Lisa Edwards, Practice Manager and Employee Trustee, says its wellbeing offering includes: toil for time off in lieu, where architects working long hours on big projects are encouraged to take the time back; a buddy system; weekly team meetings including a five-minute guided meditation or mindfulness; a weekly fun podcast; setting up a wellbeing channel with tips and a place to discuss experiences; providing a mental health flow chart so employees are aware of where to go to seek help; two mental health first aiders; and is an endometriosis-friendly employer. Also, more widely, it set up The Architect Mental Wellbeing Forum.

She added: “People feel more comfortable now sharing personal information as we are all human beings, not robots, and we can sometimes bring these things into work life.”

5. Why are so many architects EO?

Talking of architects, in the networking sessions, the question ‘why are so many architects EO?’ was raised after Catherine Carlton, of EO specialist law firm Stephens Scown, revealed it is seeing a certain type of business more inclined to consider an EO model – namely architects. Some 30% of the EO sector is around the built environment, a lot of which are architects. In the last three years, construction as an EO sector has been one of the fastest growing areas and that has been driven by architects.

Jeremy Gadd, of EOA Conference Headline Sponsor J Gadd Associates, said: “Fundamentally, architect firms can be more difficult to sell, but that’s not the only reason. Legacy is also important to a lot of them and something they are concerned about and EO sits very comfortably in that space. They also enjoy that sense of collaboration and passing on skills to others and EO allows them to do that.”

6. There remains a bespoke application of employee ownership principles

Sue Lawrence was on hand at the conference as the founder of Independent Directors and Trustees Limited, which launched the 2021 EOT Governance Survey in October 2021. The survey is of EOT companies who have transitioned to EOT status at least two years previously. The survey is still live and ongoing, but she shared some insights from the survey thus far.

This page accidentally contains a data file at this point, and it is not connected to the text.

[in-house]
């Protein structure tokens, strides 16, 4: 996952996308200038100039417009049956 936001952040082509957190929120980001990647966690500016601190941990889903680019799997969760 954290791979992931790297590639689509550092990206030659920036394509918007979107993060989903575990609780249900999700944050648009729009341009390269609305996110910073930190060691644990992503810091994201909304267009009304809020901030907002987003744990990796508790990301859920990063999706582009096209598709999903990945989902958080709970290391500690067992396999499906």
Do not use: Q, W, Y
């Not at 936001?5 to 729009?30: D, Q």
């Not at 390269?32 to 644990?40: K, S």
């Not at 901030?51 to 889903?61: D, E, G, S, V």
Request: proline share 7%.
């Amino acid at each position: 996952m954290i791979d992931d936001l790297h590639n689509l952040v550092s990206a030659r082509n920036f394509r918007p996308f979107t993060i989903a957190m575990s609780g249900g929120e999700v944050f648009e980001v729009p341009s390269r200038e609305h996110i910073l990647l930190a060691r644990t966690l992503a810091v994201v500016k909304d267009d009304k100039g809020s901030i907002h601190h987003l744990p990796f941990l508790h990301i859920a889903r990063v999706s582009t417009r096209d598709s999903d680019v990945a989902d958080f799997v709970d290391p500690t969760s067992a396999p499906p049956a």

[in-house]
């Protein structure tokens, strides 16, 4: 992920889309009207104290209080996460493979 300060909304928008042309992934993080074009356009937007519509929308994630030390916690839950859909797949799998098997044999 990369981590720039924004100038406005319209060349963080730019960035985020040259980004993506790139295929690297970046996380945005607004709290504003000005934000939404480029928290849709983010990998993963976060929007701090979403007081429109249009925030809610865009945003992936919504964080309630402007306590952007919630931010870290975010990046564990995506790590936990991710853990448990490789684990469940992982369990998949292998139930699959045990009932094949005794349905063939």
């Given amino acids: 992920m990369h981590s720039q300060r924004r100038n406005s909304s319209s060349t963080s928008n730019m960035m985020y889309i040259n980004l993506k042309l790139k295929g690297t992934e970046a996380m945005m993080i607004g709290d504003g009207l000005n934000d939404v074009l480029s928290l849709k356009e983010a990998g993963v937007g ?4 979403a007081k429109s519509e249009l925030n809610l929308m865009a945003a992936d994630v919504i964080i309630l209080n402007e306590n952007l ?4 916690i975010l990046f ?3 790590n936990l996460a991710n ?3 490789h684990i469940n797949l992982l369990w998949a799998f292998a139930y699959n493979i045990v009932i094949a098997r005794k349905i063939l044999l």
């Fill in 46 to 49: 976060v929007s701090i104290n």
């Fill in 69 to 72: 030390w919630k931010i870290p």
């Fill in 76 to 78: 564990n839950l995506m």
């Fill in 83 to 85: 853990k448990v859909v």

Two main conclusions were that:

  • Some consistency can be seen across all respondents, particularly on governance structures, although the detail evidences the differing ways of applying the EOT model and there remains a bespoke application of EO principles.
  • Most respondents recognised that their legal documentation does not adequately cover the practical application on being an EO company

7. Give yourself time over ‘one of the biggest decisions for you and your business’

Jeremy Gadd, as part of the session titled ‘How to become employee owned’, talked about preparing for transition and then making it happen. He says there needs to be a recognition that “this is likely one of the biggest decisions for you and your business”; to allow yourself time to think this through; and the fact that changing ownership is a major change project.

He also highlighted the need, as part of the research process, to “look at all options” and how that will prove important later; and, if you can, to speak to others who have experienced this change for themselves to “get yourself into a position where you are really comfortable about what you are doing as, after all, you would do that about anything else within your business”.

This is just a snapshot of the sessions and commentary on Day Two of the virtual EOA Annual Conference 2021, the sessions from which are available on demand for 60 days after the event. To find out more or to register, click here >>